from all consideration of a future state. Their scheme of the absolute sufficiency of virtue to happiness, and the indifferency of all eternal things considered. They were sometimes obliged to make concessions which were not very consistent with their system. Their philosophy in its rigour not reducible to prac. tice, and had little influence either on the people or on themselves. They did not give a clear idea of the nature of that virtue which they so highly extolled. The loose doctrine of many of the Stoics, as well as other philosophers, with regard to truth and lying.

CHAPTER XIII. The nations were sunk into a deplorable state of corruption, with regard to

morals, at the time of our Saviour's appearing. To recover them from their wretched and guilty state to holiness and happiness, one principal end for which

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God sent his Son into the world. The Gospel Dispensation opened with a free offer of pardon and salvation to perishing sinvers, upon their returning to God by faith and repentance, and new obedience: at the same time the best directions and assistances were given to engage them to a holy and rirtuous practice. The Gospel scheme of morality exceeds whatsoever had been published to the world before. A summary representation of the excellency of the Gospel precepts with regard to the daties we owe to God, our neighbours, and ourselves. These precepts enforced by the most powerful and important motives. The tendency of the Gospel to promote the practice of holiness and virtue, an argument to prove the Divinity of the Christian Revelation,

PART III.

CHAPTER I. The importance of the doctrine of a future state. It is agreeable to right reason.

The natural and moral arguments for a future state of great weight. Yet not so evident, but that if men were left merely to their own unassisted reason, they would be apt to labour under great doubt and difficulties. A Revelation from God concerning it would be of great advantage.

CHAPTER II. Some notions of the immortality of the soul and a future state obtained among

mankind from the most ancient times, and spread very generally through the nations. This was not originally the effect of human reason and philosophy, nor was it merely the invention of legislators for political purposes: but was derived to them by a most ancient tradition from the earliest agës, and was probably a part of the primitive religion communicated by Divine Revelation to the first of the human race.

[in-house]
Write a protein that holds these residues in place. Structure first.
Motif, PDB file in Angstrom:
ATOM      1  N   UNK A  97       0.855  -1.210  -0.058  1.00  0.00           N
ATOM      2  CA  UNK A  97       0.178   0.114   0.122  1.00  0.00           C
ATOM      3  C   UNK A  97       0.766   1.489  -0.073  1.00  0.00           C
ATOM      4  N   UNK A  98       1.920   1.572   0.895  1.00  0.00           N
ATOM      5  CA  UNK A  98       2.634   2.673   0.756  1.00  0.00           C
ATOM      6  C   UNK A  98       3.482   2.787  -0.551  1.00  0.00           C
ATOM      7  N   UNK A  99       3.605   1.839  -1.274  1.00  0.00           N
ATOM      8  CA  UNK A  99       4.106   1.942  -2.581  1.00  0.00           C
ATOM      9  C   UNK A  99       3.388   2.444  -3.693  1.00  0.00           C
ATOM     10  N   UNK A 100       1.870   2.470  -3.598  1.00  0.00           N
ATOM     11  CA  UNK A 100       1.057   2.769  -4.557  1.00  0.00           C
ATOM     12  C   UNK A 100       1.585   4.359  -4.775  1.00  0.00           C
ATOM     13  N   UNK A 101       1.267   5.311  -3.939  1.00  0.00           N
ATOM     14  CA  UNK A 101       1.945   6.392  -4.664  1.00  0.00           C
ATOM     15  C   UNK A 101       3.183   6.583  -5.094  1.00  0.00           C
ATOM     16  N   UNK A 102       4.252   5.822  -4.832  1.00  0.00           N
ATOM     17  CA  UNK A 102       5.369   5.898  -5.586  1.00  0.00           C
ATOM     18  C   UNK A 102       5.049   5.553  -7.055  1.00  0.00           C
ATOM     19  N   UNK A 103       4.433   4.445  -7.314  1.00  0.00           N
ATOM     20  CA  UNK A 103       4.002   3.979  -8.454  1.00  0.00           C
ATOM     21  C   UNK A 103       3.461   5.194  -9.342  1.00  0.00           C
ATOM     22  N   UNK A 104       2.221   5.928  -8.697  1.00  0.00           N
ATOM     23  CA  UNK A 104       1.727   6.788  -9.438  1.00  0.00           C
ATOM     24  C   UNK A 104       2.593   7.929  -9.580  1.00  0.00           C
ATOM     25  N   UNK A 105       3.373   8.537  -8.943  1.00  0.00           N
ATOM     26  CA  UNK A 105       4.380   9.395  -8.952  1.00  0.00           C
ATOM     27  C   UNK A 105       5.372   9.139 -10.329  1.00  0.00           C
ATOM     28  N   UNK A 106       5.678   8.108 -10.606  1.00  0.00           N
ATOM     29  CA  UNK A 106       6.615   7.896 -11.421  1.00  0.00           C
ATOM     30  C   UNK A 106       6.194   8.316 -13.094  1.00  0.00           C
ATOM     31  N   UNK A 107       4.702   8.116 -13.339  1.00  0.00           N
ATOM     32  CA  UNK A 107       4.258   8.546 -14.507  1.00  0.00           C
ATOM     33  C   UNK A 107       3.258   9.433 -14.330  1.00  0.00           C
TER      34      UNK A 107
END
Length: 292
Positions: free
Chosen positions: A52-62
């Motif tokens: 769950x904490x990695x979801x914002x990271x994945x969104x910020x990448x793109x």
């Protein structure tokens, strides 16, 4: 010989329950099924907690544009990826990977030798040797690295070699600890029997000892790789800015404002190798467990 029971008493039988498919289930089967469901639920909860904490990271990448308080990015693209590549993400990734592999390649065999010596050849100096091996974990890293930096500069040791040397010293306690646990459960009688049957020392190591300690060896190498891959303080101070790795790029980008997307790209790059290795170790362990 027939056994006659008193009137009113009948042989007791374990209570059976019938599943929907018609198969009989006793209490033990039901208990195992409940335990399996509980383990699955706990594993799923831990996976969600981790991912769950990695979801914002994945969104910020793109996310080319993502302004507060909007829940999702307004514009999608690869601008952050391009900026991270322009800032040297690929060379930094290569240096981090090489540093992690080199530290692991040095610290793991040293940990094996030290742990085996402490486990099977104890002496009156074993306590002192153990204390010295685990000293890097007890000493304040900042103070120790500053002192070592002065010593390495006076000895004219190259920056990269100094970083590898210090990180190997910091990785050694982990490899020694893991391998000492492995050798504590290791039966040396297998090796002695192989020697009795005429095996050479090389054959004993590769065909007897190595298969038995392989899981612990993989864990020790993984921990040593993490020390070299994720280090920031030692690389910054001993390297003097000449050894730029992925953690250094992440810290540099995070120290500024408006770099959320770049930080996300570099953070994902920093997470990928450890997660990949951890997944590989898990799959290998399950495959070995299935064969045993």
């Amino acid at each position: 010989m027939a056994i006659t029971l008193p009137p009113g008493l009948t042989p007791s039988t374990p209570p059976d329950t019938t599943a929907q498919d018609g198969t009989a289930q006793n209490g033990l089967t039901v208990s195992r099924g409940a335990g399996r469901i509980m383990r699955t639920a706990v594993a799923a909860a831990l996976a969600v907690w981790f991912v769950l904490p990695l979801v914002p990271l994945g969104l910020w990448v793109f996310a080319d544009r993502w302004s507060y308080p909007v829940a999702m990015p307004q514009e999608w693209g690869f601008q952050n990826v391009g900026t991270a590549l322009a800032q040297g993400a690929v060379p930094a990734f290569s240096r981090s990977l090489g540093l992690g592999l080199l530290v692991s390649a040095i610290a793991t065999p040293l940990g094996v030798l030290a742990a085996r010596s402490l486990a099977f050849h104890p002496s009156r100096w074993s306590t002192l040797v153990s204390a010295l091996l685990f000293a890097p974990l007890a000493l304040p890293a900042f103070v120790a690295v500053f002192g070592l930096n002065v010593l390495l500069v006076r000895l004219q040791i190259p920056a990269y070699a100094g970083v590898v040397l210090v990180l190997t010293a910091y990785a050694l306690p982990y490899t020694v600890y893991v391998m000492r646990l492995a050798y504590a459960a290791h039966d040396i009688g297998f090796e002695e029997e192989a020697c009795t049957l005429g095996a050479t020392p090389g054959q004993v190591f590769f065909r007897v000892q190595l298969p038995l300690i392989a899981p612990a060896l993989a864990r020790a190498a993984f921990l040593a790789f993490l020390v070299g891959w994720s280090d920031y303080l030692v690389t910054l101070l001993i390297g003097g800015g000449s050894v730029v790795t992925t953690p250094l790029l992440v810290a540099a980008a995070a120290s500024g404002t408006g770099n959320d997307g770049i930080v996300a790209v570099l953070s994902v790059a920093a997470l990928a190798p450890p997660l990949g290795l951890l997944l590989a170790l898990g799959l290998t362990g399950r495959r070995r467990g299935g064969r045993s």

CHAPTER III. The ancient traditions concerning the immortality of the soul and a future state

became in process of time greatly obscured and corrupted. It was absolutely denied by many of the philosophers, and rejected as a vulgar error. Others represented it as altogether uncertain, and having no solid foundation to support it. The various and contradictory sentiments of the philosophers concerning the nature of the human soul. Many of the Peripatetics denied the subsistence of the soul after death, and this seems to have been Aristotle's own opinion. The Stoics had po settled or consistent scheme on this head: nor was the doctrine of the immortality of the soul a doctrine of their school. A future state not acknowledged by the celebrated Chinese philosopher Confucius, nor by the sect of the learned who profess to be his dispicles.

CHAPTER IV. Concerning the philosophers who prosessed to believe and teach the immortality

of the soul. Of these Pythagoras is generally esteemed one of the most eminent. His doctrine on this head shewn to be not well consistent with a state of future rewards and punishments. Socrates believed the immortality of the soul and a future state, and argued for it. In this he was followed by Plato. The Doctrine of Cicero with regard to the immortality of the soul considered. A6 also that of Plutarch.